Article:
Causes of Gambling Addiction


Gambling is an activity where individuals risk something of value in order to predict the outcome of a random event (for example, betting on a football match or buying a scratchcard). This prediction can be done with money (either cash or another item of value) and involves some element of skill. It is an impulsive behavior and can cause problems for some people.

There are many reasons why people gamble. It can be for fun, to socialize with friends, or even as a way to relieve stress. Regardless of the motive, gambling can lead to addiction. It is important to understand the causes of gambling addiction so that it can be treated.

Behavioral research shows that when people have an emotional problem they will often turn to gambling. Whether it is for excitement, to make up for past losses or to avoid responsibilities, gambling can be a dangerous coping mechanism. People with mental health disorders are at an increased risk for developing gambling problems. This is largely because they tend to have a more difficult time controlling their emotions and impulses.

In addition, people with emotional problems tend to be less able to recognise their own problems or to get help. This can make it harder for them to stop gambling or seek treatment.

People may also gamble to escape from other problems they are facing. Problem gambling isn’t just about money – it can have serious consequences for an individual’s relationships, work and mental health. It can even result in legal issues and debts.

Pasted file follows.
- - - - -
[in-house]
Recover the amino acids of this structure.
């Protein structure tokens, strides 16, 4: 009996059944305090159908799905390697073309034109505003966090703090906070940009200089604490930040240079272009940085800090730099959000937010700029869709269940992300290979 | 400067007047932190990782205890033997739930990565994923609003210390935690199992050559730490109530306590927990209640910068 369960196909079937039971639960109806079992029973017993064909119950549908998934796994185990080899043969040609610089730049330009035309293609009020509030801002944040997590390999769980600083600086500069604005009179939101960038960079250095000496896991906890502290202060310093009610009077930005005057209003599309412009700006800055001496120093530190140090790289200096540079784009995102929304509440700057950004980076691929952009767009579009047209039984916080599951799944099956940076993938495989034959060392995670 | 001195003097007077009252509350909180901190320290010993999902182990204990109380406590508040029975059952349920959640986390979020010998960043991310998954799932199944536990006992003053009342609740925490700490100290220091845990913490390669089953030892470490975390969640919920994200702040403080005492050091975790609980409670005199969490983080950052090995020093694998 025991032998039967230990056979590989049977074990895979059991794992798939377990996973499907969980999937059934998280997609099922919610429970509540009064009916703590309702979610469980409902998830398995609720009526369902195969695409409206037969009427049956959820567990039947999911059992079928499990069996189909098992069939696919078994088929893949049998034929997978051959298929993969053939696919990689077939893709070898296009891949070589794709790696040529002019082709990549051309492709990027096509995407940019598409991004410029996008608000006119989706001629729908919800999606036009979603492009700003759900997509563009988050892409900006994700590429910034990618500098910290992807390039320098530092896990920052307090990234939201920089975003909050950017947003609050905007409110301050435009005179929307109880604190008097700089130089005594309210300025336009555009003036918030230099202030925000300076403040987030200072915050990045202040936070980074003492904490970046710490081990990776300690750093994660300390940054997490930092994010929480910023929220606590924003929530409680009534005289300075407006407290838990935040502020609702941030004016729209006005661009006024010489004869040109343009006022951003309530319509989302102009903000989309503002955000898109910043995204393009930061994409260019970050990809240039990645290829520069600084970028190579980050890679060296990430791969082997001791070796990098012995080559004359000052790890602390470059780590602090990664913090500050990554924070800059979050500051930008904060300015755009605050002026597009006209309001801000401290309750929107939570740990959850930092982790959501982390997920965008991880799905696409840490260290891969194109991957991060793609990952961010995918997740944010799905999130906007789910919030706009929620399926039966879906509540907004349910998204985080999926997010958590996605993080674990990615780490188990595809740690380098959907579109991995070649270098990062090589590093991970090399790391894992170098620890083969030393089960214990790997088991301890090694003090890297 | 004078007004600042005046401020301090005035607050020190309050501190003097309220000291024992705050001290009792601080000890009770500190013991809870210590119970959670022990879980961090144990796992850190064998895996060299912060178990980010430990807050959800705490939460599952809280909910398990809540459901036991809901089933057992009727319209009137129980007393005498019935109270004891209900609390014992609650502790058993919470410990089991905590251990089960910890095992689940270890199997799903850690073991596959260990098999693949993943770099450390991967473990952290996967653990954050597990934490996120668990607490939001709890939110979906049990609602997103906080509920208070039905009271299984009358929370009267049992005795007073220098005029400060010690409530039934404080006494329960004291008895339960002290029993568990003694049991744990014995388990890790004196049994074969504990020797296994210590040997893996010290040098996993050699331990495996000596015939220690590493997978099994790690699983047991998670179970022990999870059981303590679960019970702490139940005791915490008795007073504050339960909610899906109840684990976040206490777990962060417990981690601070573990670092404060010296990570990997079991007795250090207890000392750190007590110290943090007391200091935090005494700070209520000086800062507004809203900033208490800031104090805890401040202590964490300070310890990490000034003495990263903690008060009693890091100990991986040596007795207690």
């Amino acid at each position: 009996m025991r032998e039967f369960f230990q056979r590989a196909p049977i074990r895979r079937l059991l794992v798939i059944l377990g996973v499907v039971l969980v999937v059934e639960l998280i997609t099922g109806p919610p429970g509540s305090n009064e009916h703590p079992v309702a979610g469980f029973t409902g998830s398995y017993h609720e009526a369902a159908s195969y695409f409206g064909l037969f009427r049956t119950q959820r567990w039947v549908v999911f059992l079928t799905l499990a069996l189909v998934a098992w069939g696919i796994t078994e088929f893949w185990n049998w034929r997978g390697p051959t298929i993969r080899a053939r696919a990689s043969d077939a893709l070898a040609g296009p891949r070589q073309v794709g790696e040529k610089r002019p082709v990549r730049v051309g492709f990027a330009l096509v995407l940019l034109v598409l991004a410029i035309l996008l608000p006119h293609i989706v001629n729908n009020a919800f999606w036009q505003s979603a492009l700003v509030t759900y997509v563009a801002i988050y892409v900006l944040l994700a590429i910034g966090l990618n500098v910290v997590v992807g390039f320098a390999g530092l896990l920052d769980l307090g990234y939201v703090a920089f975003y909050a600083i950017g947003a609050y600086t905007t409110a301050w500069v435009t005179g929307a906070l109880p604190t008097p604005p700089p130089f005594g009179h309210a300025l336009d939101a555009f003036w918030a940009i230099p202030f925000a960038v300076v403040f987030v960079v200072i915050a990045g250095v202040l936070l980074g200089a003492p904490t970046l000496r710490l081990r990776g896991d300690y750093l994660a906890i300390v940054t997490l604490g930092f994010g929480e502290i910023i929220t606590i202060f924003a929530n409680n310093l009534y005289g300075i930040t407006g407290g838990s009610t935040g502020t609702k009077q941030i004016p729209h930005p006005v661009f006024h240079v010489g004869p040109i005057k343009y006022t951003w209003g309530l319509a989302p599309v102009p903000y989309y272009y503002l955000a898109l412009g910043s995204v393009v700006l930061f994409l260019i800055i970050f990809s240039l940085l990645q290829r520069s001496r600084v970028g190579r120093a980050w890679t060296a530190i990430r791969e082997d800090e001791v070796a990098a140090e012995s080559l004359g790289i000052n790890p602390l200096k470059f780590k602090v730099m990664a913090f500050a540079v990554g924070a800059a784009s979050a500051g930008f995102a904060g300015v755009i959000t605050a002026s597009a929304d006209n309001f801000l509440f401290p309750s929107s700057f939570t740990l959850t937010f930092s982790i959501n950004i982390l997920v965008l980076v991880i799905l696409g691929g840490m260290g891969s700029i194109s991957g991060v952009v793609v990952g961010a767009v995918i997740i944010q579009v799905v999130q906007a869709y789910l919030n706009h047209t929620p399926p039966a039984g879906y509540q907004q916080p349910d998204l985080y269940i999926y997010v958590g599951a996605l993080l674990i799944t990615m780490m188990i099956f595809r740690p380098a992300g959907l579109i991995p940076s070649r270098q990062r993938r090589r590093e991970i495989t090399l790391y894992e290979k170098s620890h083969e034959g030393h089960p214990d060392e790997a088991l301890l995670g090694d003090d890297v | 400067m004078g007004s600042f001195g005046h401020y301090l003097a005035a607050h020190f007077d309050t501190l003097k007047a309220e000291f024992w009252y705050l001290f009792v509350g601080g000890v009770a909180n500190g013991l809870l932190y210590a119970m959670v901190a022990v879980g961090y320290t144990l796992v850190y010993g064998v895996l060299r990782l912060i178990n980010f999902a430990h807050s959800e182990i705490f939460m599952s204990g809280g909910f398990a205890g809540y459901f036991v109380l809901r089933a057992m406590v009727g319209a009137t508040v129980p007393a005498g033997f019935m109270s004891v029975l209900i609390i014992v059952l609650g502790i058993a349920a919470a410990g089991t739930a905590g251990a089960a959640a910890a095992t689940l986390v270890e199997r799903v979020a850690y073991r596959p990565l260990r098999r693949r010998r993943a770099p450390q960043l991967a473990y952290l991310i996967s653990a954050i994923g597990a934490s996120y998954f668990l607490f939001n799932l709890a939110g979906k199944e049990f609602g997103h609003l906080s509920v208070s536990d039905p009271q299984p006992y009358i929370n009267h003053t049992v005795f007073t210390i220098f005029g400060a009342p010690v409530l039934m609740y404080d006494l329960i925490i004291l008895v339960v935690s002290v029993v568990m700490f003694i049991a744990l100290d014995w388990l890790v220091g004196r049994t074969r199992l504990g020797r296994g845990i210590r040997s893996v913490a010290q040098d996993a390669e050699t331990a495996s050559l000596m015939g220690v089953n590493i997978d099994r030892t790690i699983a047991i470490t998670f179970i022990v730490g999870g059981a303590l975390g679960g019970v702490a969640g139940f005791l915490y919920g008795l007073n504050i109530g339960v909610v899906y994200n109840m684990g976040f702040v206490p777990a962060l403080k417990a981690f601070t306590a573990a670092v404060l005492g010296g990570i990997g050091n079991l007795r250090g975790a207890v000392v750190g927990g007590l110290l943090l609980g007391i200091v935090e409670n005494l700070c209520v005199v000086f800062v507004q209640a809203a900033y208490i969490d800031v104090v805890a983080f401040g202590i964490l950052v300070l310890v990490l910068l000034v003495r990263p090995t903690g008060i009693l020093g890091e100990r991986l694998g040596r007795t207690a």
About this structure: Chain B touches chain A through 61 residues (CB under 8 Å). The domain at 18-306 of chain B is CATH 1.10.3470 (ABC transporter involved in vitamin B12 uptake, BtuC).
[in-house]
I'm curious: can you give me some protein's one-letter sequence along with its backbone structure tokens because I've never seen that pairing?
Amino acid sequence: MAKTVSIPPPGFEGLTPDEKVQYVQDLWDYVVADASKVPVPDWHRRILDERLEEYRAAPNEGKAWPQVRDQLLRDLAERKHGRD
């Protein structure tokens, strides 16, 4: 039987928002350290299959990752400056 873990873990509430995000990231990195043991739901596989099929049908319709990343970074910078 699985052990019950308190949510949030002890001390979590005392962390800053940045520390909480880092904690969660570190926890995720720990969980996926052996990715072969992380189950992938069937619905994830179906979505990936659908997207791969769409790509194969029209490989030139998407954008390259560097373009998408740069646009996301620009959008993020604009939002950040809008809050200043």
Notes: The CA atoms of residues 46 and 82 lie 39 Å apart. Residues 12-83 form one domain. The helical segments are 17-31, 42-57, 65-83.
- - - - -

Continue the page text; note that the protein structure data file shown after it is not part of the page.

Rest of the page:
How much money does a person need to lose before gambling becomes problematic? This is not a simple question to answer. Unlike other addictions, such as alcohol or drugs, it is not possible to simply “stop gambling”. Gambling behaviour changes the way that brain sends chemical messages and some people develop a psychological dependency on this activity.

Psychiatrists recognise that pathological gambling is a disorder and should be treated like other addictive behaviors. However, it has been difficult to define the exact criteria that indicate a diagnosis of pathological gambling. In 2013, the American Psychiatric Association published a new version of the Diagnostic and Statistical Manual of Mental Disorders (DSM-5). It now includes 10 criterion that are organised into three clusters: damage or disruption, loss of control, and dependence.

Some of the criterion include: a feeling of being out of control, a desire to win back money lost, hiding or lying about gambling activities, and a preoccupation with gambling. In addition, some behavioural therapists suggest that some individuals with gambling problems may benefit from peer support groups such as Gamblers Anonymous.

The most common signs of problem gambling are secretive behaviour, lying about how much you gamble, and making excuses for your actions. If you are concerned about your own or someone else’s gambling habits, it is important to seek help straight away. This can be done by talking to your GP, seeing a psychologist or joining a peer support group such as Gamblers Anonymous.